The smoking rate in South Korea fell in 2010 from a year earlier, the nation's health ministry said Sunday, but it still maintains a higher-than-average rate compared to other advanced OECD nations.
According to the survey conducted by the Ministry for Health, Welfare and Family Affairs, the smoking rate for people aged 19 or older here reached 39.6 percent last year, down from 43.1 percent a year earlier.
The figures are based on a survey of 3,000 people across the nation conducted by telephone last month, the ministry said.
The rate for males in their 40s and 50s sharply decreased by
6.6 percent and 10.2 percent, respectively, from the first half of last year, the report said, indicating their contribution to the overall fall in the smoking rate.
The number of female smokers inched down 1.7 percentage points from the end of 2009 to 2.2 percent, it said.
Ministry officials attributed the decline to the government's anti-smoking campaign and growing concern over health among middle-aged people.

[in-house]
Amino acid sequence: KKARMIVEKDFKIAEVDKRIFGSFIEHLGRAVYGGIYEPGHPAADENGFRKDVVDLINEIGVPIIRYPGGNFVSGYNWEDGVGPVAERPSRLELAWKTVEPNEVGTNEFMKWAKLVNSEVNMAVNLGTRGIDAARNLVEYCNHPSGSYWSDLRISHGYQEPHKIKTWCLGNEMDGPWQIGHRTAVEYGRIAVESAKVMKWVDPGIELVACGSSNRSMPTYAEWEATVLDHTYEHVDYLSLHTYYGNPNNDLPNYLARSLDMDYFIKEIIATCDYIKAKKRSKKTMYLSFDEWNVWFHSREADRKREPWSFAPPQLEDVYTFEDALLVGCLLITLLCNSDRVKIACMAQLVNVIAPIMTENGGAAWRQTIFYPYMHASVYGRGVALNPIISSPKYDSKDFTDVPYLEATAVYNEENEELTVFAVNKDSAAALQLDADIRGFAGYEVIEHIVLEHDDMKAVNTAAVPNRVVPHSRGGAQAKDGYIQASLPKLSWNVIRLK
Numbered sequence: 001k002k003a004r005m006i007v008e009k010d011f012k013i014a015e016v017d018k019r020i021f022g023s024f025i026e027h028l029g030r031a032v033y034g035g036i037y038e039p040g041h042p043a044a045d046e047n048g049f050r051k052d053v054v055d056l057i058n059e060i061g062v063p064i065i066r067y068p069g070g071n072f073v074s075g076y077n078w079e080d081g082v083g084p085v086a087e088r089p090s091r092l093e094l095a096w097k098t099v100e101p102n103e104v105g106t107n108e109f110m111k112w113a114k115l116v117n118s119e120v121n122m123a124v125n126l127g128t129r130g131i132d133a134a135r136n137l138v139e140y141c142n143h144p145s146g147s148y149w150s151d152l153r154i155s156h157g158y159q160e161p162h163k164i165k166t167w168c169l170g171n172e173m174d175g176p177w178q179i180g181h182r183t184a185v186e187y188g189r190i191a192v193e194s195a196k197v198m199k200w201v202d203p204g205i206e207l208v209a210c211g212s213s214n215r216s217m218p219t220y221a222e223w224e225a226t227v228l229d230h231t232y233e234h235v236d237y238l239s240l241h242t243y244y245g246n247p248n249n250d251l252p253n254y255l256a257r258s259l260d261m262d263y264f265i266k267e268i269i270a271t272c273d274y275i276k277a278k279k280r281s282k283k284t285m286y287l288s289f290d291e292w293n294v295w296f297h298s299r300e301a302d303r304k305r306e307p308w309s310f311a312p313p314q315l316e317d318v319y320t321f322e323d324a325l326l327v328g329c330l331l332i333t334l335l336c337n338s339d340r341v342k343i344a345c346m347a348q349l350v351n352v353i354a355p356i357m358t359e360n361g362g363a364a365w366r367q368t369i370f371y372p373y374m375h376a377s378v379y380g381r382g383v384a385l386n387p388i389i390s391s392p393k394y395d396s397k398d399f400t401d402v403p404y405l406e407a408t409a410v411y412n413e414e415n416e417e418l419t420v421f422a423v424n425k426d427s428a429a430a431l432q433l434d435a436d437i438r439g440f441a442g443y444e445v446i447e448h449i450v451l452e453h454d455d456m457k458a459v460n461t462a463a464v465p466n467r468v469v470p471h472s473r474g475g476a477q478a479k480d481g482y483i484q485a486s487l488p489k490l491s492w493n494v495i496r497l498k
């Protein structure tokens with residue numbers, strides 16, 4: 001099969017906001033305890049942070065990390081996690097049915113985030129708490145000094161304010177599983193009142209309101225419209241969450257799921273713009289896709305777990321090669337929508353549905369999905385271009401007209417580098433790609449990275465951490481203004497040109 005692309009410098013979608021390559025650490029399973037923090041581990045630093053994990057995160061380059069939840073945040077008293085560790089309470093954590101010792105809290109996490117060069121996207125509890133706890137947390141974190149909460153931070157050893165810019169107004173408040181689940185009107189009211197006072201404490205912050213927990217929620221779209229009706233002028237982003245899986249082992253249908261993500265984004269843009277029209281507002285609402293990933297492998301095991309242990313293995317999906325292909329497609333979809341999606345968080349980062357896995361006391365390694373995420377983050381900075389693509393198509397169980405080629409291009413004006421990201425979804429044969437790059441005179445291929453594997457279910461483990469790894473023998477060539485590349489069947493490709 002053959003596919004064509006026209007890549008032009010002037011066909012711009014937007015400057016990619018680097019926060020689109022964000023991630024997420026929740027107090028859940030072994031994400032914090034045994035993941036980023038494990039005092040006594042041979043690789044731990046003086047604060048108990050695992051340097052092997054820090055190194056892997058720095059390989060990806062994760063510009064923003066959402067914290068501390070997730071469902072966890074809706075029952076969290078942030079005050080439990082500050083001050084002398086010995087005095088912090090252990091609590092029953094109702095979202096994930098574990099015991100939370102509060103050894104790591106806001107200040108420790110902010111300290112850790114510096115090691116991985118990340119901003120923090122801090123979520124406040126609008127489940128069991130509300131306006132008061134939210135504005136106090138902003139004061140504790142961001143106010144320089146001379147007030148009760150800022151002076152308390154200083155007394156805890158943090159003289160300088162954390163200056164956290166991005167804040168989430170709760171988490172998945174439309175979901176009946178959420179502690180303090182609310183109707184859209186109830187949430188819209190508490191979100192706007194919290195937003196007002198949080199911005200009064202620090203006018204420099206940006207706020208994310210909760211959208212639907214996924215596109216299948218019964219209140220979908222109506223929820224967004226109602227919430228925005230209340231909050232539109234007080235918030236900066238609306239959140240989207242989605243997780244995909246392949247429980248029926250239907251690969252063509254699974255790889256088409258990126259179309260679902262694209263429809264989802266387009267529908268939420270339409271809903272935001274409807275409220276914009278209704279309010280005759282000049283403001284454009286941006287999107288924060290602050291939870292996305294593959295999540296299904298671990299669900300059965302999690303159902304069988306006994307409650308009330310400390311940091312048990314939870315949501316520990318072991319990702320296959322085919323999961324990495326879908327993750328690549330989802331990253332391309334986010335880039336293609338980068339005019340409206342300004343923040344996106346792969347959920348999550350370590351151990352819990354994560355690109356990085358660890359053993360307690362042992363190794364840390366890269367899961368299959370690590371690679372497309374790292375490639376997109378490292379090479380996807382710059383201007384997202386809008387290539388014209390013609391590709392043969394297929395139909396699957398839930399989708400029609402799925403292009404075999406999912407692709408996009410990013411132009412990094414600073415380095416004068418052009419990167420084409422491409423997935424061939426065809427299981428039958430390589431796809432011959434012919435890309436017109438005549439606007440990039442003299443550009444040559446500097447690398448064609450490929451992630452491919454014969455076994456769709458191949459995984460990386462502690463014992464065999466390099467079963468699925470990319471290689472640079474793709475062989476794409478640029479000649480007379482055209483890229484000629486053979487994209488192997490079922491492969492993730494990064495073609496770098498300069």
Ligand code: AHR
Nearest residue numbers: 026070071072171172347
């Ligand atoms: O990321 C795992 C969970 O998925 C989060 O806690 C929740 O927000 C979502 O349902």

"The smoking rate seems to have dropped as local governments designated smoking areas in a move to create non-smoking environments and as health concerns have risen among smokers in their 40s and 50s," a ministry official said.
The survey supported such notions, as 22.8 percent of respondents picked expanding non-smoking areas as the most effective anti-smoking policy, followed by 19 percent who said it was the higher price of cigarettes, 17.5 percent who said tougher crackdowns on smoking in public places and 16.3 percent who said anti-smoking ad campaigns.
But the figure is still above the average smoking rate for Organization for Economic Cooperation and Development (OECD) that recorded 27.3 percent in 2008, and falls behind the government's target of a 30 percent level, the officials said.